What is Intent to kill or inflict great bodily harm. An unlawful killing without premeditation is also murder when the accused had either an intent to kill or inflict great bodily harm.
What is Great bodily harm? “Great bodily harm” means serious injury; it does not include minor injuries such as a black eye or a bloody nose, but it does include fractured or dislocated bones, deep cuts, torn members of the body, serious damage to internal organs, and other serious
What are the elements of Voluntary manslaughter? (a) That a described person is dead;(b) That the death resulted from the act or omission of the accused; (c) That the killing was unlawful; and (d) That, at the time of the killing, the accused had the intent to kill or inflict great bodily harm upon the
What are the elements of Involuntary manslaughter? (a) A person is dead;(b) That the death resulted from the act or omission of the accused; (c) That the killing was unlawful; and (d) That this act or omission of the accused constituted culpable negligence, or occurred while the accused was perpetrating o
What is defined by voluntary manslaughter? voluntary manslaughter if committed in the heat of sudden passion caused by adequate provocation. Heat of passion may result from fear or rage.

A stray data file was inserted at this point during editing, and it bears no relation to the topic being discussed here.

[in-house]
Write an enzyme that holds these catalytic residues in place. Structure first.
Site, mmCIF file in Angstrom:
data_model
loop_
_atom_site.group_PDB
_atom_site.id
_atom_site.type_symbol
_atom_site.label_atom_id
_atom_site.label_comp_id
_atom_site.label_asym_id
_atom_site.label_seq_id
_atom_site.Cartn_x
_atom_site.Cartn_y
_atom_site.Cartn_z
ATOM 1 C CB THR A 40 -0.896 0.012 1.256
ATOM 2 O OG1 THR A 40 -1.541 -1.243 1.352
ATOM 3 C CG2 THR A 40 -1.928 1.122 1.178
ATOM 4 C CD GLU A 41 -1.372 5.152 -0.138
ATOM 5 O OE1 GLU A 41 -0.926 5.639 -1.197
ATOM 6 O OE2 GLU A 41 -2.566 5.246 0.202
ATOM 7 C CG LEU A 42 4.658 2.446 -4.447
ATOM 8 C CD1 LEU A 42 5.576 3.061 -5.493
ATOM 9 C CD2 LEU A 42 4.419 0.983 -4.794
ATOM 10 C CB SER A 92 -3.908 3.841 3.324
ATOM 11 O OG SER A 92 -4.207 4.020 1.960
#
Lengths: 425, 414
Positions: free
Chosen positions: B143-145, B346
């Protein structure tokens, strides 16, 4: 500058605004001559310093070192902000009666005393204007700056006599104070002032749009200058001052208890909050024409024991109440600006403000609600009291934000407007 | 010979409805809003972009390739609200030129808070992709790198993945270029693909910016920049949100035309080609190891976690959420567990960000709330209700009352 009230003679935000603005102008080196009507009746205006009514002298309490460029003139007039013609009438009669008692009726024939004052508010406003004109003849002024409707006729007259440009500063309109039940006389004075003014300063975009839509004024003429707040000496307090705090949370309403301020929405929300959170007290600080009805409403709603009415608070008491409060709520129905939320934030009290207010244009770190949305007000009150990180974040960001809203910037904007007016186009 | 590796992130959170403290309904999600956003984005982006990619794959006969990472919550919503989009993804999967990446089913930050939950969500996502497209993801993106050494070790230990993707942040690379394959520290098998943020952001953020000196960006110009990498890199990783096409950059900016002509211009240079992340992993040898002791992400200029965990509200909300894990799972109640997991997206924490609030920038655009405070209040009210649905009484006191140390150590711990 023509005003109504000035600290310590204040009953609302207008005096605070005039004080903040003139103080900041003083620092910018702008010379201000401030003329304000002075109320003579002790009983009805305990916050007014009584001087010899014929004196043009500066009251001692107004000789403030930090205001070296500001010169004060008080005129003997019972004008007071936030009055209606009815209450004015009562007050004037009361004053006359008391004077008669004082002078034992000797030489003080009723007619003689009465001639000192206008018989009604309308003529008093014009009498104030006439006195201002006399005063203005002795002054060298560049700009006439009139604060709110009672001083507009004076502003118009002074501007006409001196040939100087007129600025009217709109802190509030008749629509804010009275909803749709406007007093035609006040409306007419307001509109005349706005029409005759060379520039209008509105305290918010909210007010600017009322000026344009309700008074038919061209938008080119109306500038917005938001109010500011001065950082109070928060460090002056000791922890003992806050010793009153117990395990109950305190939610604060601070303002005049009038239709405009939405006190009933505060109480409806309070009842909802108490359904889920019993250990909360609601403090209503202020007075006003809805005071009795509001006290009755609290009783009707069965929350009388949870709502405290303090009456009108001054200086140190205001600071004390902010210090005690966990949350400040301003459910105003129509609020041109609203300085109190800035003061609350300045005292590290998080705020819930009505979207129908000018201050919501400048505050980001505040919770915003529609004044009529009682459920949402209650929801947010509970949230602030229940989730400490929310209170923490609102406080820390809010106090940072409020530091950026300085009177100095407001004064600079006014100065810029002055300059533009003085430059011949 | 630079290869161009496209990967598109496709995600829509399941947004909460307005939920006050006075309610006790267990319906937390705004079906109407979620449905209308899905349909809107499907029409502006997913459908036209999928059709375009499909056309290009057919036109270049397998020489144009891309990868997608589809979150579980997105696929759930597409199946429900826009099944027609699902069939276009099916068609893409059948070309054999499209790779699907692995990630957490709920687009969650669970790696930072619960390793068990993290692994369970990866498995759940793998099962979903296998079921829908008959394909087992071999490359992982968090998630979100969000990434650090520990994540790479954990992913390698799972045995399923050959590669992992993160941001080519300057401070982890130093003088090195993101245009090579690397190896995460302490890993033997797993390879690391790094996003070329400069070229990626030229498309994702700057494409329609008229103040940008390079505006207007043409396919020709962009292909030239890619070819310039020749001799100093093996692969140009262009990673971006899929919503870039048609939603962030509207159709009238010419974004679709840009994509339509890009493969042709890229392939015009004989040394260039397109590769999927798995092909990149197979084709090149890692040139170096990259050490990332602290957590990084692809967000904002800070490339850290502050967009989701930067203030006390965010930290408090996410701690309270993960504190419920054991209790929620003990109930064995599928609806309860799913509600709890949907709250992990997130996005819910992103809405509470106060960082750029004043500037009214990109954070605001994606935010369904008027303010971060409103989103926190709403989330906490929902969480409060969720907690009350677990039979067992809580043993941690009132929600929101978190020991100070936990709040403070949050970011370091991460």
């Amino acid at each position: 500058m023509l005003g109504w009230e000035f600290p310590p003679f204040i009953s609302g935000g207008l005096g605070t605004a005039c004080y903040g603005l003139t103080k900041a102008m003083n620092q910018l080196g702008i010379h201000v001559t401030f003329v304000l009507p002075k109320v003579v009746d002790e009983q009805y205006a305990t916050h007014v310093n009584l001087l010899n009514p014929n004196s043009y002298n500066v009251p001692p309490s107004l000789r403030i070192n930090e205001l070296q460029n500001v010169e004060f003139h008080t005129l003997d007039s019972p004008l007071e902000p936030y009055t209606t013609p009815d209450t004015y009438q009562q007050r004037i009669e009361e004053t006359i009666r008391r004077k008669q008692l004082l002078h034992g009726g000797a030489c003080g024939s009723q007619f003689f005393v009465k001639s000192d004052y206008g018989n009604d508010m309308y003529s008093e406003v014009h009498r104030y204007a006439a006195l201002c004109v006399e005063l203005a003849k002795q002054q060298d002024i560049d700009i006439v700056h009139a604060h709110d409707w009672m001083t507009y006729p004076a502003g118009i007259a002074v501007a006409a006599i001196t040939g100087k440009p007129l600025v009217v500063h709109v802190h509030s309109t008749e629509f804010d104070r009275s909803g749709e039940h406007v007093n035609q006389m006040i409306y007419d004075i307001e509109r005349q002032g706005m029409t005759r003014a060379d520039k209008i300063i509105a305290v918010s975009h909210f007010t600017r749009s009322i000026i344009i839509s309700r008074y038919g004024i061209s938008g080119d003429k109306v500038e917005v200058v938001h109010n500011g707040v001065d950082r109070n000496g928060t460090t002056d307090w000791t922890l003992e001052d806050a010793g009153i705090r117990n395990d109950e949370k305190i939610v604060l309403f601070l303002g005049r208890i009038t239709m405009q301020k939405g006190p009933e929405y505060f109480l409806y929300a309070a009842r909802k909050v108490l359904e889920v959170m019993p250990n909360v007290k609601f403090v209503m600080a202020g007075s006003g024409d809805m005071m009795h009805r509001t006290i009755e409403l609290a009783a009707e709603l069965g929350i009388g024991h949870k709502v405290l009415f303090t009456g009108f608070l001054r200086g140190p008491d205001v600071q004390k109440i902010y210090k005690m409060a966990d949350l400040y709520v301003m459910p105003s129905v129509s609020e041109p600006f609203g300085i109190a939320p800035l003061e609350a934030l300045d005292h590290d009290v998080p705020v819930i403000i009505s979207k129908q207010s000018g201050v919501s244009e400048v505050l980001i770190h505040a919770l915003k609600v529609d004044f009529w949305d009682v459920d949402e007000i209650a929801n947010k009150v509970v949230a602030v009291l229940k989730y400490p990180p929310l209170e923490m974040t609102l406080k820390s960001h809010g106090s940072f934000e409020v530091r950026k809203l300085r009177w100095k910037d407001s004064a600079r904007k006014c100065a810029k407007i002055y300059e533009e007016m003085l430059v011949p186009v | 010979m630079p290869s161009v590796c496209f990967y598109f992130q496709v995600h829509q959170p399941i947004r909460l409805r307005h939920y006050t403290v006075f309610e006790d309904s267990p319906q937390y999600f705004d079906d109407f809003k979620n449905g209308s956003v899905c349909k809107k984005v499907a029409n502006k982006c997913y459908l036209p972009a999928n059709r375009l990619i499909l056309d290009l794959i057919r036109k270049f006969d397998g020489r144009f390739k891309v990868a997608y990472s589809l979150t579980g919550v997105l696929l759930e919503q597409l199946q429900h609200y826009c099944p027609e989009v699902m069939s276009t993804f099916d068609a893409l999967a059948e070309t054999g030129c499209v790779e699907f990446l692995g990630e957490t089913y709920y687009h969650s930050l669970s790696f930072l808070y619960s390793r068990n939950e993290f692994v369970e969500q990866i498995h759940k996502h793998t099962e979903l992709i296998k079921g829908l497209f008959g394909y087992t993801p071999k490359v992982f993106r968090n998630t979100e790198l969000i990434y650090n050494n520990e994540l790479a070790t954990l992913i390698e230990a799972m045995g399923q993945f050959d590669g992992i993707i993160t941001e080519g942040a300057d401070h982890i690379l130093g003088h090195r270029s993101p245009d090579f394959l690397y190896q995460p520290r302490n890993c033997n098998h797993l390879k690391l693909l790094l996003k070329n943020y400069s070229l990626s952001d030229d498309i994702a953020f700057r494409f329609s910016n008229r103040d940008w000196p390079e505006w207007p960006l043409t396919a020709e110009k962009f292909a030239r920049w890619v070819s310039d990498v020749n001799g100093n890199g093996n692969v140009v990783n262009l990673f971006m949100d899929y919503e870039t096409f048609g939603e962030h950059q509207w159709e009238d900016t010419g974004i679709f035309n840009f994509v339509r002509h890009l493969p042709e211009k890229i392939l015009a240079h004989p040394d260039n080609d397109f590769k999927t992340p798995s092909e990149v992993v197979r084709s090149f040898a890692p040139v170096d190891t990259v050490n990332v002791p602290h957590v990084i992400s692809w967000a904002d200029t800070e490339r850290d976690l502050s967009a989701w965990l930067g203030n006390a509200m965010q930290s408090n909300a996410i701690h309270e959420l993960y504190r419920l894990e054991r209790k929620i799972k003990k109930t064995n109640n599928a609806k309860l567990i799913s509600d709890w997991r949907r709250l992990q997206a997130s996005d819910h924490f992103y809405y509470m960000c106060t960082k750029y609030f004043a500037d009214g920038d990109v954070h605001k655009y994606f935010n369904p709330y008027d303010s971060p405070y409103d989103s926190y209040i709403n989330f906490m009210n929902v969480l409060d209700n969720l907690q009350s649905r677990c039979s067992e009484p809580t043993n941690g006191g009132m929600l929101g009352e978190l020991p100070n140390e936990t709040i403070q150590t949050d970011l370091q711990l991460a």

Examples of Adequate Provocation. Examples of acts which may, depending on the circumstances, constitute adequate provocation are the unlawful infliction of great bodily harm, unlawful imprisonment, and the sight by one spouse of an act of adultery committed by the other spouse.
What is not provocation? Insulting or abusive words or gestures, a slight blow with the hand or fist, and trespass or other injury to property are not, standing alone, adequate provocation.
What is negligent homicide? Negligent homicide is any unlawful homicide which is the result of simple negligence. An intent to kill or injure is not required.
What is simple negligence? It is the absence of due care, that is, an act or omission of a person who is under a duty to use due care which exhibits a lack of that degree of care of the safety of others which a reasonably careful person would have exercised under the same or simila
Who bears the burden in an insanity defense? The burden is on the defendant to produce some evidence that he is insane if he wishes to raise the insanity defense.
Who bears the burden of disproving insanity? The burden switches from the defendant to the prosecution to prove that the defendant is sane.